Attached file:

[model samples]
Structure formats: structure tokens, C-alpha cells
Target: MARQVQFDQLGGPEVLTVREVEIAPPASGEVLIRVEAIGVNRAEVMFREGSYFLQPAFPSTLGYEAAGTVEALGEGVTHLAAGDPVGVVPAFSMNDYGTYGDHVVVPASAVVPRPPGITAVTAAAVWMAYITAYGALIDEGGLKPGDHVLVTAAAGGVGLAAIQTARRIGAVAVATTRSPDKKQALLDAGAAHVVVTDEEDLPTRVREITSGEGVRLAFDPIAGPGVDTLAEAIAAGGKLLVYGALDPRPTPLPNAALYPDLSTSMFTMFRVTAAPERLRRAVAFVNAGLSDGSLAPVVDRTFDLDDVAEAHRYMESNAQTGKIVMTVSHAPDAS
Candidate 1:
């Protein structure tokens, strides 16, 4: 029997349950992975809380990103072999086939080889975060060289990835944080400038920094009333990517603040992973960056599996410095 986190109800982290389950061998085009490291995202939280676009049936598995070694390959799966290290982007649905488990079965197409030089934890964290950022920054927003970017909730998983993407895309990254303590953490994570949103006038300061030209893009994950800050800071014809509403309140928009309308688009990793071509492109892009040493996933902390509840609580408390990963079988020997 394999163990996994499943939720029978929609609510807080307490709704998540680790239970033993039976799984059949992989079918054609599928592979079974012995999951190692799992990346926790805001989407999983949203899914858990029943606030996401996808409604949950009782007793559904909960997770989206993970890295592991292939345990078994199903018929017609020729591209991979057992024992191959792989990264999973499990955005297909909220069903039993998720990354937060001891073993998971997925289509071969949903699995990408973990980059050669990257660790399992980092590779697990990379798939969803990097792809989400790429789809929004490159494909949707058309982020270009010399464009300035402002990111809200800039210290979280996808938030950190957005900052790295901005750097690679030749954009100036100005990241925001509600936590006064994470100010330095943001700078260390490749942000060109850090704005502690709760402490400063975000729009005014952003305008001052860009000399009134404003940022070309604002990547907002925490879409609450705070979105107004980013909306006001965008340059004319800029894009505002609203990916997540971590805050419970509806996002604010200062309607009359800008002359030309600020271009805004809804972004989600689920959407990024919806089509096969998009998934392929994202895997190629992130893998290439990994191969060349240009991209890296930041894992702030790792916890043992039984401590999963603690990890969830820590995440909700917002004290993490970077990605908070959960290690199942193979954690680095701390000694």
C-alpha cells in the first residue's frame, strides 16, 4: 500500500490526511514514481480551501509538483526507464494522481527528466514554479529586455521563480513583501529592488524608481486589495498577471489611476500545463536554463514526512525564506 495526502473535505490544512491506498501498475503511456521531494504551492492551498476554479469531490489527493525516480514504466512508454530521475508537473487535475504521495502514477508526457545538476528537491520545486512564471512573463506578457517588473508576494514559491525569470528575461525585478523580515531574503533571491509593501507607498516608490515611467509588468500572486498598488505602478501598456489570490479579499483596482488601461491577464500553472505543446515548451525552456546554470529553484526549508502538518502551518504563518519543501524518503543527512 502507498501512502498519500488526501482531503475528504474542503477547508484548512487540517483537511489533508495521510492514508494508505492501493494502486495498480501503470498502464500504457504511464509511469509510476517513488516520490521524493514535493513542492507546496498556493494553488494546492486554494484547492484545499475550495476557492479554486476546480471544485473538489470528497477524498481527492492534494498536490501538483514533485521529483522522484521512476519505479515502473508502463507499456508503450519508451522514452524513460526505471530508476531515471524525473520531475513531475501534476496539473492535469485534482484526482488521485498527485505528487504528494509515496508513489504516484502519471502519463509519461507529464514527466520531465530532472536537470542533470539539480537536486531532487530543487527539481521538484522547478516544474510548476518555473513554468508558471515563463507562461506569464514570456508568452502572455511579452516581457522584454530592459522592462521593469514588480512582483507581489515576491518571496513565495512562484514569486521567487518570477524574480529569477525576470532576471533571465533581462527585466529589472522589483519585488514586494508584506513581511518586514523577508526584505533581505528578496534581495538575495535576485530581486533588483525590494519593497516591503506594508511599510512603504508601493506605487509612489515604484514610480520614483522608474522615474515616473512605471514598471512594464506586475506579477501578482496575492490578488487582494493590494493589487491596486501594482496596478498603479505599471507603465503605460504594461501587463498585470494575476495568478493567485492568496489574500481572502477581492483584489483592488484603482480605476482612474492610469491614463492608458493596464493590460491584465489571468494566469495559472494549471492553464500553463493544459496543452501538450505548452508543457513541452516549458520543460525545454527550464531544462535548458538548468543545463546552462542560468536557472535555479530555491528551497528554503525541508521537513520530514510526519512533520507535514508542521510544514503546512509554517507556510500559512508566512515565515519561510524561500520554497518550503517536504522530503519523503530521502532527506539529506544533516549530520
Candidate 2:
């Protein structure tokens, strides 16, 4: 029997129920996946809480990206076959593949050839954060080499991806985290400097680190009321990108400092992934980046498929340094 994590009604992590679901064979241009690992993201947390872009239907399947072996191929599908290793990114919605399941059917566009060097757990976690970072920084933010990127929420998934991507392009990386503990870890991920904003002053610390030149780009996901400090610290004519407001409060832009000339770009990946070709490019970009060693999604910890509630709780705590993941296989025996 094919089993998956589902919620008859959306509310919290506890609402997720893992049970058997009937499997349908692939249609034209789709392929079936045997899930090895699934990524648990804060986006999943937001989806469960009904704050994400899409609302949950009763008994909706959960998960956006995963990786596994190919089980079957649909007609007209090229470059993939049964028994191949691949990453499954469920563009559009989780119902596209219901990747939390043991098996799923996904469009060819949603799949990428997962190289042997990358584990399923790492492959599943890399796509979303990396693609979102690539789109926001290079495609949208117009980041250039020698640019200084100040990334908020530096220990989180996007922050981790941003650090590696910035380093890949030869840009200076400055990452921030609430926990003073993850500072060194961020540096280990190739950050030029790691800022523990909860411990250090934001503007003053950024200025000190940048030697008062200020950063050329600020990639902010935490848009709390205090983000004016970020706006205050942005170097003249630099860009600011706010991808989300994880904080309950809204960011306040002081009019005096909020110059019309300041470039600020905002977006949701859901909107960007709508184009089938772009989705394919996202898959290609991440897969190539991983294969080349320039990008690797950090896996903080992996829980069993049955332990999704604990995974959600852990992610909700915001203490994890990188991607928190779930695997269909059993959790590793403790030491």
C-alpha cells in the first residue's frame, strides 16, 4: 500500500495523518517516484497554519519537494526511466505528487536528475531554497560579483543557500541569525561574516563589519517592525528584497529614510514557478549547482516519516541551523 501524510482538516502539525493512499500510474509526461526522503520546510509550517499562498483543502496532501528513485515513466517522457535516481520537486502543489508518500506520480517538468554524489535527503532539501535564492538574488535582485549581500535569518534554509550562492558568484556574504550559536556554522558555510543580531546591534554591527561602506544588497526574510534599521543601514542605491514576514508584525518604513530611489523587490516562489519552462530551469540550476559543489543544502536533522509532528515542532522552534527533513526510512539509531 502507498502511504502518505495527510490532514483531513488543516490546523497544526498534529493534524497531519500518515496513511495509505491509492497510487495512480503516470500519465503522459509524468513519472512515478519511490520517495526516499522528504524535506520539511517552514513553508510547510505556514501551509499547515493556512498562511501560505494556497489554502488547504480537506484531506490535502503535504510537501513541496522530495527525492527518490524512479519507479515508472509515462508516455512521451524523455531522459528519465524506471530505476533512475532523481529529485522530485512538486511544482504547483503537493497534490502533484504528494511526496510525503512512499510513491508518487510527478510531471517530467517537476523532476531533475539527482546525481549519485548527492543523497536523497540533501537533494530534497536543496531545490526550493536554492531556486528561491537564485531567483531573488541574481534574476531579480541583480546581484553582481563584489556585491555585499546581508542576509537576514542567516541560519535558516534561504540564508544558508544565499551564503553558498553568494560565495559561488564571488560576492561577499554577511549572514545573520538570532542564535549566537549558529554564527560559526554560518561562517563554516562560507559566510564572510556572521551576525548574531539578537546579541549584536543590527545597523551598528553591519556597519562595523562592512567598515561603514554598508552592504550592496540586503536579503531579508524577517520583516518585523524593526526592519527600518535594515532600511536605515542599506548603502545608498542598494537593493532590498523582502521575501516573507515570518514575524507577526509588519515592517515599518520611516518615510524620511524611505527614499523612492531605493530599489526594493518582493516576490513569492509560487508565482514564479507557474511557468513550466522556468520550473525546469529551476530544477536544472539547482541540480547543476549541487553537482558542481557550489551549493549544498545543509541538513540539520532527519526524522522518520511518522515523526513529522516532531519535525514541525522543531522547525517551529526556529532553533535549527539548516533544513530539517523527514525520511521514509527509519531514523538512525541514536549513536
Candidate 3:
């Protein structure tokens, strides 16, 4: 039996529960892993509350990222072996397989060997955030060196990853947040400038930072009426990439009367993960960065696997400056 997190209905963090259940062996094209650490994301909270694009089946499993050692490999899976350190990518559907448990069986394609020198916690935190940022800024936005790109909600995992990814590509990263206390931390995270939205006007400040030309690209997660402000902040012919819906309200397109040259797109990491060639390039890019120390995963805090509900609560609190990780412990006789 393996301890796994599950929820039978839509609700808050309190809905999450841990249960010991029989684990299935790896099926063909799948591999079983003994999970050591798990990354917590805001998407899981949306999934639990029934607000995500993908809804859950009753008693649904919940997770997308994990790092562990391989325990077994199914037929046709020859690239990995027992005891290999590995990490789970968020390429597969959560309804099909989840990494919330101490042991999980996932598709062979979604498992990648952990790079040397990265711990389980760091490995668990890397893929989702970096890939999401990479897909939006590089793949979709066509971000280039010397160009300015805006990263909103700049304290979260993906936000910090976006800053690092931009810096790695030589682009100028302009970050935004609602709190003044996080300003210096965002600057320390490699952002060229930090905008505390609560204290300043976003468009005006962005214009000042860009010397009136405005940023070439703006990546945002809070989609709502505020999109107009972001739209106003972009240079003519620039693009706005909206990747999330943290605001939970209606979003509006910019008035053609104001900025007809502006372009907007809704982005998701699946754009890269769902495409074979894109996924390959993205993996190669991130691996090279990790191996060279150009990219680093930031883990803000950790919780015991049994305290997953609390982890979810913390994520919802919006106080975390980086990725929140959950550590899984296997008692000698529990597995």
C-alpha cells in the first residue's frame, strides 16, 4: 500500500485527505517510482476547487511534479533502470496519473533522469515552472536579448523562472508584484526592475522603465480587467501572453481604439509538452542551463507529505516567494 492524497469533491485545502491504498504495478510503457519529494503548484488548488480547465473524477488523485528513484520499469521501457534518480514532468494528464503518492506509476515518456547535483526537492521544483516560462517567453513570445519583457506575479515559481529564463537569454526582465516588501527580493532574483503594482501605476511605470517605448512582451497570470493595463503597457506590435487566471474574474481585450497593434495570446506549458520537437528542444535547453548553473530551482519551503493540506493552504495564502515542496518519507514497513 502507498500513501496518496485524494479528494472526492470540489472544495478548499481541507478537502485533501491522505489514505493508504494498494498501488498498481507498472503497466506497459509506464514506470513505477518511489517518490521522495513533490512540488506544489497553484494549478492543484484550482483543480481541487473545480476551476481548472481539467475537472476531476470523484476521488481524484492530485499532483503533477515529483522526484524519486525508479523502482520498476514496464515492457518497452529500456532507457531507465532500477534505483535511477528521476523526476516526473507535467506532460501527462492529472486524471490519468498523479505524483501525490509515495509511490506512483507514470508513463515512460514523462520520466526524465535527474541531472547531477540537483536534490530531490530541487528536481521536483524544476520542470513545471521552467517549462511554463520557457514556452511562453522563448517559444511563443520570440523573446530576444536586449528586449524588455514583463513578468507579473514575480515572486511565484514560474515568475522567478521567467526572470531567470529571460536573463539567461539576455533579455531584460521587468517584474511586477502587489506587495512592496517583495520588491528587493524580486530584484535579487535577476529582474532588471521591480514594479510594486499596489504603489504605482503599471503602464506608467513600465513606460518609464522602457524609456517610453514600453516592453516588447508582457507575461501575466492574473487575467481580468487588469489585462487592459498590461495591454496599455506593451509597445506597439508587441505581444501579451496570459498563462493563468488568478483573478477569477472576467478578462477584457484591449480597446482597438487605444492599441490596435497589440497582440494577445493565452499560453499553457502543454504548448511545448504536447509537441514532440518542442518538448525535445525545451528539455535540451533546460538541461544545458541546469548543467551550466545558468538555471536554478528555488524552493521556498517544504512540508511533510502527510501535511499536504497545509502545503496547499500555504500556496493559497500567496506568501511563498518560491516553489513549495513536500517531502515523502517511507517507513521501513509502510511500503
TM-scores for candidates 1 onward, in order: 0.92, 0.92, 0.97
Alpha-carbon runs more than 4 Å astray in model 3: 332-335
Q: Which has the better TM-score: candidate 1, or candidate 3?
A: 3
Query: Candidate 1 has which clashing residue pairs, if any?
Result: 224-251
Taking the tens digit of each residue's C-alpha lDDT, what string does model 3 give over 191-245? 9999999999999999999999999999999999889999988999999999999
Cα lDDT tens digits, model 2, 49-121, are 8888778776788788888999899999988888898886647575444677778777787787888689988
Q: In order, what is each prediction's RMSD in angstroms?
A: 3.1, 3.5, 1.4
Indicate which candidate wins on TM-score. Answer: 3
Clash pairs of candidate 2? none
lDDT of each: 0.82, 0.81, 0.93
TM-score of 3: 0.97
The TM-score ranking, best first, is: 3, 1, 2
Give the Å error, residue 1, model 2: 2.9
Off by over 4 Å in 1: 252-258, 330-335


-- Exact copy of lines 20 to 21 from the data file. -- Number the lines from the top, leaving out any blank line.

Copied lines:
Cα lDDT tens digits, model 2, 49-121, are 8888778776788788888999899999988888898886647575444677778777787787888689988
Q: In order, what is each prediction's RMSD in angstroms?